13 May, 2019
Music and 1916 – the Irish Research Councils funds the premiere of Bax’s ‘In Memoriam – In Memory of Patrick Pearse’
Posted: 15 February, 2016
The Irish Research Council has supported Dr Maria McHale, Dublin Institute of Technology, to purchase Sir Arnold Bax’s score and orchestral parts for In Memoriam (written in memory of Patrick Pearse). The Irish premiere of Sir Arnold Bax’s In Memoriam took place in the National Concert Hall with the RTÉ National Symphony Orchestra (RTÉ NSO) and conductor Duncan Ward on 19 February 2016 as part of the RTÉ NSO’s 2015-2016 Main Season. To mark the premiere, the Irish Research Council held a reception in the National Concert Hall. Celebrating the premiere with Professor Jane Ohlmeyer, Chair of the Irish Research Council and Dr Eucharia Meehan, Irish Research Council Director, were the Mexican Ambassador to Ireland, Carlos Garcia De Alba, Dr Martin Mansergh and Gabriel Doherty, members of the Expert Advisory Group on Commemorations; Professor Brian Norton, President of Dublin Institute of Technology and Tom Boland, Chief Executive of the Higher Education Authority.
Commenting on the premiere, Maria McHale said, “Bax’s poignant orchestral work will resonate with the public in this centenary year and the retrieval of this work given its creation, fascinating narrative and subsequent neglect should reinstate the piece into Irish concert life and accord it the position it deserves.” Minister for Research, Skills and Innovation, Damien English TD, said “The Decade of Centenaries offers a unique opportunity for national reflection and remembrance, for all members of Irish society. This particular project and associated performance fits well with the breadth and diversity of the programme, and reflects the full complexity of Irish and European history, whilst also demonstrating that academic discourse and research is vital to any acts of national commemoration.”
John O’Kane, Executive Director, RTÉ Orchestras. Quartet and Choirs also commented, saying: “It is amazing to be referring to this particular performance of this work as an Irish premiere and to reflect on the fact that such a fine piece has lain neglected for so many decades. RTÉ is very pleased to have the opportunity to redress that situation by programming this wonderful piece, in which Bax offers a poignant and personal response to events of Easter 1916. It seems all the more appropriate to do so in this the centenary year of the events to which the work directly refers, and in a year which sees RTÉ present a broad range of programming and events across television, radio, mobile and beyond as part of RTÉ 1916.” Professor Jane Ohlmeyer added “The Irish Research Council is delighted to be part of the national programme of centenaries. The public interest in the Rising emphasises the centrality of humanities research to the public discourse on this period. We are also delighted that the RTÉ National Symphony Orchestra is the orchestra to perform the Irish premiere, as part of its 2015-16 Season at the National Concert Hall.”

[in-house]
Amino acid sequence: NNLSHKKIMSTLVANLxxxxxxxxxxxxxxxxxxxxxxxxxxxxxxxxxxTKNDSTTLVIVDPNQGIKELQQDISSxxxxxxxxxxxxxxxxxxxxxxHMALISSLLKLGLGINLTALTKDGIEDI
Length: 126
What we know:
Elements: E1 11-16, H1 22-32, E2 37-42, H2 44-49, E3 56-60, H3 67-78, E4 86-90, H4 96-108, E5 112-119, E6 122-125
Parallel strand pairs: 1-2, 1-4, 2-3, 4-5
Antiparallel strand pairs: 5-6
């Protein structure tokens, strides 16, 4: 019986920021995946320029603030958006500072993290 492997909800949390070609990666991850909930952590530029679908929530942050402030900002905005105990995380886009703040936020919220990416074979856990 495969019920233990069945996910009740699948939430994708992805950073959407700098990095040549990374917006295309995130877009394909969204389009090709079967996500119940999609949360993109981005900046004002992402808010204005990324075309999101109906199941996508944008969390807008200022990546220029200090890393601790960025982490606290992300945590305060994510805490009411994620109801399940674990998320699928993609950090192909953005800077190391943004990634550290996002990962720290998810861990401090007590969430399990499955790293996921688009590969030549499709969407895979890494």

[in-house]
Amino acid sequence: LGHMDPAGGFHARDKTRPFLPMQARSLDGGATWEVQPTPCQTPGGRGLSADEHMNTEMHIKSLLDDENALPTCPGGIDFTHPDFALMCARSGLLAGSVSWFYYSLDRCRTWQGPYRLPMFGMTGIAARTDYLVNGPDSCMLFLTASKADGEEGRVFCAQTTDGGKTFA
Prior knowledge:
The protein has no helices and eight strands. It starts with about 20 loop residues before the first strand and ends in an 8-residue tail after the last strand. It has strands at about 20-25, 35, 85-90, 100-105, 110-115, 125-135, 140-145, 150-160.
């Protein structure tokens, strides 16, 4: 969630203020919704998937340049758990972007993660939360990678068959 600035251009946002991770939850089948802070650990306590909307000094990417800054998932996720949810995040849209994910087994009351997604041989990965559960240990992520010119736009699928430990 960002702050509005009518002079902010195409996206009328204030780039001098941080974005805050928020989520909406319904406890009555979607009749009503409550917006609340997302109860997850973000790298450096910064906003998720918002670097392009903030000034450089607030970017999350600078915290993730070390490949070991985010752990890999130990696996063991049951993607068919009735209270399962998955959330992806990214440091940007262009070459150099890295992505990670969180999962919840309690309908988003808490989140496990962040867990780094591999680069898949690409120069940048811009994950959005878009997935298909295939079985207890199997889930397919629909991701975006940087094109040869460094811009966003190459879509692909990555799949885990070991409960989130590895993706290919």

About the project
Dr Maria McHale was awarded 1916 Flagship Project funding to examine the Easter Rising through the lens of music as part of the Council’s Decade of Centenaries programme. One of the project’s aims was to secure the Irish premiere of Sir Arnold Bax’s orchestral work In Memoriam. This is the first-known piece of classical music commemorating Pearse and 1916. The execution of Pearse had a profound impact on Bax (Bax had met Pearse) and he wrote the work in 1916. Following Bax’s death, the manuscript was presented to Éamon de Valera in 1955. However, the work has never been performed in Ireland until now. The musicological investigation into this period and the research developed under the auspices of this project has led to the commissioning of a programme for RTÉ lyric fm’s ‘The Lyric Feature’, Bax, Ireland and 1916.
Sir Arnold Bax (1883-1953) was from an affluent background but was seen a non-conformist who developed a lifelong affection for Ireland. He was also a poet who went under the name, ‘Dermot O’ Byrne’. He was the author of a collection of poems banned by the British Censor with the title ‘A Dublin Ballad and other poems’ (1918). Bax learnt Irish (in Glemcolulmcille and Morar in Scotland) and named his two children, Dermot and Maeve. He was a regular visitor to Ireland and he died in Cork in 1953.